Panasas Stays Hermetically Sealed

Startup's first NAS system will require users to run a proprietary Linux file system. Is it serious?

March 26, 2003

3 Min Read
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Panasas Inc. is on track to ship its NAS appliance in June -- but customers using Windows or Unix servers will be disappointed, as it will not support CIFS or NFS protocols out of the gate, Byte and Switch has confirmed (see Panasas Pins Future on Unproven Spec).

CIFS, or Common Internet File System, is Microsoft Corp.'s (Nasdaq: MSFT) protocol for network file sharing, while NFS, or Network File System, was developed by Sun Microsystems Inc. (Nasdaq: SUNW) and is the standard for sharing files between Unix servers.

Without CIFS or NFS, then, Panasas is ignoring virtually the entire NAS market.

The story smacks of a similar problem that another next-gen NAS player, Zambeel Inc., ran up against when it decided not to support CIFS from the get-go. The only news out of Zambeel these days seems to concern its dwindling staff (see SAN Startups on the Block, Zambeel COO Skedaddles, Starbucks Hotspots (Slight Return), and Zambeel Slams Windows Shut).

The first release of Panasas's appliance, code-named SmartDrive, will include a proprietary distributed file system running on Linux, according to sources familiar with the company's plans. That means any host or client that wishes to access the Panasas NAS box will have to be running a Panasas's Linux-based file system. The system will not support snap mirroring, either, they say.The company maintains that "it is a fully functioning product for its target market," says Paul Gottsegen, VP of marketing at Panasas. He says a second product will be released later in 2003 that will have "broader market appeal." [Translation: "will support industry standards."]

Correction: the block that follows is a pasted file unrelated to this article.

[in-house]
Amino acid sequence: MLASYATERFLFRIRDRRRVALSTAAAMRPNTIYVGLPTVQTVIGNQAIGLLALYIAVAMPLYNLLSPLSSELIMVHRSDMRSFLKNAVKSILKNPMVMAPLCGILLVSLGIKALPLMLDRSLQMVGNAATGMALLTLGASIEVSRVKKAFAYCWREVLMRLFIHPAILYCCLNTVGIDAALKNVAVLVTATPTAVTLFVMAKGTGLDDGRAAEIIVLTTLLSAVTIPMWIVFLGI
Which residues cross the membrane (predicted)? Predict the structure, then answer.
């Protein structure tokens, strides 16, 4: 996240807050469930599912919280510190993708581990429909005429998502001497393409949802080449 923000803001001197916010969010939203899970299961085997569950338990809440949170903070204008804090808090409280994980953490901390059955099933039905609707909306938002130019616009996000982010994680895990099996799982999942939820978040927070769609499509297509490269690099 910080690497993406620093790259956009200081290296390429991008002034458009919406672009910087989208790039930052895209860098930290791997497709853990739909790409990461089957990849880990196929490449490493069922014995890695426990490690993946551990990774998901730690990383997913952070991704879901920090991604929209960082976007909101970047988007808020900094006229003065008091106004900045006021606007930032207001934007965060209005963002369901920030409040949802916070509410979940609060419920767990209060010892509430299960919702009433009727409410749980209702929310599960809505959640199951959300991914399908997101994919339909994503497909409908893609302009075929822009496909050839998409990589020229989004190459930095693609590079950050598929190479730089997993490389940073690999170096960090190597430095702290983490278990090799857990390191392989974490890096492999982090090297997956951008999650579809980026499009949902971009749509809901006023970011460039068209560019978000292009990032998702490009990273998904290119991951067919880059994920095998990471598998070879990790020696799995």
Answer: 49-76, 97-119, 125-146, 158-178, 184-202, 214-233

Gottsegen declined to comment on the market segment he mentioned, but with a bit of digging we discovered that Los Alamos National Laboratories is a beta customer. The lab confirmed it has a Panasas system, but was unable to say how it's using the box -- much less whether or not the system is any good.

To boil it down, Panasas is releasing a stripped-down, Linux-only version of its product targeting the high-performance computing (HPC) niche to get something to market, say sources close to the company. Panasas is, after all, beholden to its VCs, which have so far stumped up an astonishing $67.4 million in funding for the startup without so much as a whisper from the company in two years. Panasas raised a third round of $32 million in September, 2002 (see Panasas Pipes in $28M and Panasas Hauls in $32M Round).

The firm laid off about six employees in engineering last month and cut 15 sales, marketing, and administration posts last September while raising its third round. Its headcount is still high at approximately 120.

And a word on the members of Panasas's management team and their extraordinary expenses: The company still maintains three offices -- manufacturing in Houston; development in Pittsburgh; and a central headquarters in Fremont, Calif. President and CEO Rodney Schrock lives in San Diego and flies to Fremont once a week. Gottsegen lives in Houston and travels to Fremont, while Garth Gibson, founder and CTO, lives in Pittsburgh and also frequently travels to Fremont. [Ed. note: Expensive commutes to incur for a startup, no?]When it eventually launches its product, Panasas will compete with BlueArc Corp., Spinnaker Networks Inc., and Z-force Inc., as well as EMC Corp. (NYSE: EMC) and Network Appliance Inc. (Nasdaq: NTAP).

Jo Maitland, Senior Editor, Byte and Switch

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